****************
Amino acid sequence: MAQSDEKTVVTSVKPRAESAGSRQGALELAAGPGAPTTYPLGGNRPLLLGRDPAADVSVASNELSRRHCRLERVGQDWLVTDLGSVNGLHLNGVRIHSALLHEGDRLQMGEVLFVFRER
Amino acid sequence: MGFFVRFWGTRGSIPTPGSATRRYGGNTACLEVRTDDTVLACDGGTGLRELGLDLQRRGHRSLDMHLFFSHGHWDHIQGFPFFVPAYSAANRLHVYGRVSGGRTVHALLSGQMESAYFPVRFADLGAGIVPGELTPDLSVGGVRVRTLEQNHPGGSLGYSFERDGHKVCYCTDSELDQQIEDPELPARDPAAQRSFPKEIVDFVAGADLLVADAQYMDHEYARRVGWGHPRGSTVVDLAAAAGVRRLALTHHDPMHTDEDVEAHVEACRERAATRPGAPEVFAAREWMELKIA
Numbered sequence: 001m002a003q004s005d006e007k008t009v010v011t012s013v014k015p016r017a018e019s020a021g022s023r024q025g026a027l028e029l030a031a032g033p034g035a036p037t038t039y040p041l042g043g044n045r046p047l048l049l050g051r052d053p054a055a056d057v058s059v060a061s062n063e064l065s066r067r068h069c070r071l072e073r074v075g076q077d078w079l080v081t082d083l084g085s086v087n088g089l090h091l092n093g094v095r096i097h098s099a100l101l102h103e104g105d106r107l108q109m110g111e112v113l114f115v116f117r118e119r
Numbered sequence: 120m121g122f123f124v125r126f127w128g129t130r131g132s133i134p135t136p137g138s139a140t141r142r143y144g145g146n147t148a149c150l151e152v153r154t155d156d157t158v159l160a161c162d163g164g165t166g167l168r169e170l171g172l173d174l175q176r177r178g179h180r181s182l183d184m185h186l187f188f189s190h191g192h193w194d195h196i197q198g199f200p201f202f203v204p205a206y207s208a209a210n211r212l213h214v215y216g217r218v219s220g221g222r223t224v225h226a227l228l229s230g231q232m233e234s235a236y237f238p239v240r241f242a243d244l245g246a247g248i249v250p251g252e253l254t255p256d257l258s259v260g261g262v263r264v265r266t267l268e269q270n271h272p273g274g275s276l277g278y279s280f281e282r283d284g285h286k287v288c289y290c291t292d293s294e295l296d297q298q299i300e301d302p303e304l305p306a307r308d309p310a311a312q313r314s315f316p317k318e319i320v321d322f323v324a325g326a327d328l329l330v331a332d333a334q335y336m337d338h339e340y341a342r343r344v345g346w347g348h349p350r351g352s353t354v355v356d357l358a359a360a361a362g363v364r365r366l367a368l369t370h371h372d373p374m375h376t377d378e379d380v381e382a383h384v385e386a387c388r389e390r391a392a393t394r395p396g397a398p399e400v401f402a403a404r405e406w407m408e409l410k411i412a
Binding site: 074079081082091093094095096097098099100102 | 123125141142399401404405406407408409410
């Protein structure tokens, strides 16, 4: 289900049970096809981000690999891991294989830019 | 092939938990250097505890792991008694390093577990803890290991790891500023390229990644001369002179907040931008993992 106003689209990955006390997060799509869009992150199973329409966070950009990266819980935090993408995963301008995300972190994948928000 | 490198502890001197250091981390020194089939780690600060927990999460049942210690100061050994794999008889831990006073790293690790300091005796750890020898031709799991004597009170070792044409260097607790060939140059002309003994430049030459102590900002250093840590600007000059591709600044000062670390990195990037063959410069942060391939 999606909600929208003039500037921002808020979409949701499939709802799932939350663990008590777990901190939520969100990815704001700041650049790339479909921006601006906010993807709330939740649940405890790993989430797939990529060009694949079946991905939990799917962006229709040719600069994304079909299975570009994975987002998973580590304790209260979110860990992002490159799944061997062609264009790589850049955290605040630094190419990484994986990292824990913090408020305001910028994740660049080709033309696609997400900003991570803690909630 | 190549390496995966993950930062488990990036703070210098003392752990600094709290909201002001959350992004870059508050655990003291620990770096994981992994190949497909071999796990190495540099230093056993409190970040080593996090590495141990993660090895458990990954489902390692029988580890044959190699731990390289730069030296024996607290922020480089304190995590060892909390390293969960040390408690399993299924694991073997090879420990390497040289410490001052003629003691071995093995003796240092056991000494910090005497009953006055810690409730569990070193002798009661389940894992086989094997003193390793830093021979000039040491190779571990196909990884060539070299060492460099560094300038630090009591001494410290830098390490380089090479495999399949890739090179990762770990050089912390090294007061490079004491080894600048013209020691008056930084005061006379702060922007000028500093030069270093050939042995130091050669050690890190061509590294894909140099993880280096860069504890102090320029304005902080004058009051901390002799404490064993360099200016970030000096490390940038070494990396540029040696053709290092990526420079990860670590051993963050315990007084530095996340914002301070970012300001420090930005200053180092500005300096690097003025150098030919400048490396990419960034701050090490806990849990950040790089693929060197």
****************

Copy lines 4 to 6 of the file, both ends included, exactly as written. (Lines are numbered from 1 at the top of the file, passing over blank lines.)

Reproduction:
Numbered sequence: 120m121g122f123f124v125r126f127w128g129t130r131g132s133i134p135t136p137g138s139a140t141r142r143y144g145g146n147t148a149c150l151e152v153r154t155d156d157t158v159l160a161c162d163g164g165t166g167l168r169e170l171g172l173d174l175q176r177r178g179h180r181s182l183d184m185h186l187f188f189s190h191g192h193w194d195h196i197q198g199f200p201f202f203v204p205a206y207s208a209a210n211r212l213h214v215y216g217r218v219s220g221g222r223t224v225h226a227l228l229s230g231q232m233e234s235a236y237f238p239v240r241f242a243d244l245g246a247g248i249v250p251g252e253l254t255p256d257l258s259v260g261g262v263r264v265r266t267l268e269q270n271h272p273g274g275s276l277g278y279s280f281e282r283d284g285h286k287v288c289y290c291t292d293s294e295l296d297q298q299i300e301d302p303e304l305p306a307r308d309p310a311a312q313r314s315f316p317k318e319i320v321d322f323v324a325g326a327d328l329l330v331a332d333a334q335y336m337d338h339e340y341a342r343r344v345g346w347g348h349p350r351g352s353t354v355v356d357l358a359a360a361a362g363v364r365r366l367a368l369t370h371h372d373p374m375h376t377d378e379d380v381e382a383h384v385e386a387c388r389e390r391a392a393t394r395p396g397a398p399e400v401f402a403a404r405e406w407m408e409l410k411i412a
Binding site: 074079081082091093094095096097098099100102 | 123125141142399401404405406407408409410
């Protein structure tokens, strides 16, 4: 289900049970096809981000690999891991294989830019 | 092939938990250097505890792991008694390093577990803890290991790891500023390229990644001369002179907040931008993992 106003689209990955006390997060799509869009992150199973329409966070950009990266819980935090993408995963301008995300972190994948928000 | 490198502890001197250091981390020194089939780690600060927990999460049942210690100061050994794999008889831990006073790293690790300091005796750890020898031709799991004597009170070792044409260097607790060939140059002309003994430049030459102590900002250093840590600007000059591709600044000062670390990195990037063959410069942060391939 999606909600929208003039500037921002808020979409949701499939709802799932939350663990008590777990901190939520969100990815704001700041650049790339479909921006601006906010993807709330939740649940405890790993989430797939990529060009694949079946991905939990799917962006229709040719600069994304079909299975570009994975987002998973580590304790209260979110860990992002490159799944061997062609264009790589850049955290605040630094190419990484994986990292824990913090408020305001910028994740660049080709033309696609997400900003991570803690909630 | 190549390496995966993950930062488990990036703070210098003392752990600094709290909201002001959350992004870059508050655990003291620990770096994981992994190949497909071999796990190495540099230093056993409190970040080593996090590495141990993660090895458990990954489902390692029988580890044959190699731990390289730069030296024996607290922020480089304190995590060892909390390293969960040390408690399993299924694991073997090879420990390497040289410490001052003629003691071995093995003796240092056991000494910090005497009953006055810690409730569990070193002798009661389940894992086989094997003193390793830093021979000039040491190779571990196909990884060539070299060492460099560094300038630090009591001494410290830098390490380089090479495999399949890739090179990762770990050089912390090294007061490079004491080894600048013209020691008056930084005061006379702060922007000028500093030069270093050939042995130091050669050690890190061509590294894909140099993880280096860069504890102090320029304005902080004058009051901390002799404490064993360099200016970030000096490390940038070494990396540029040696053709290092990526420079990860670590051993963050315990007084530095996340914002301070970012300001420090930005200053180092500005300096690097003025150098030919400048490396990419960034701050090490806990849990950040790089693929060197």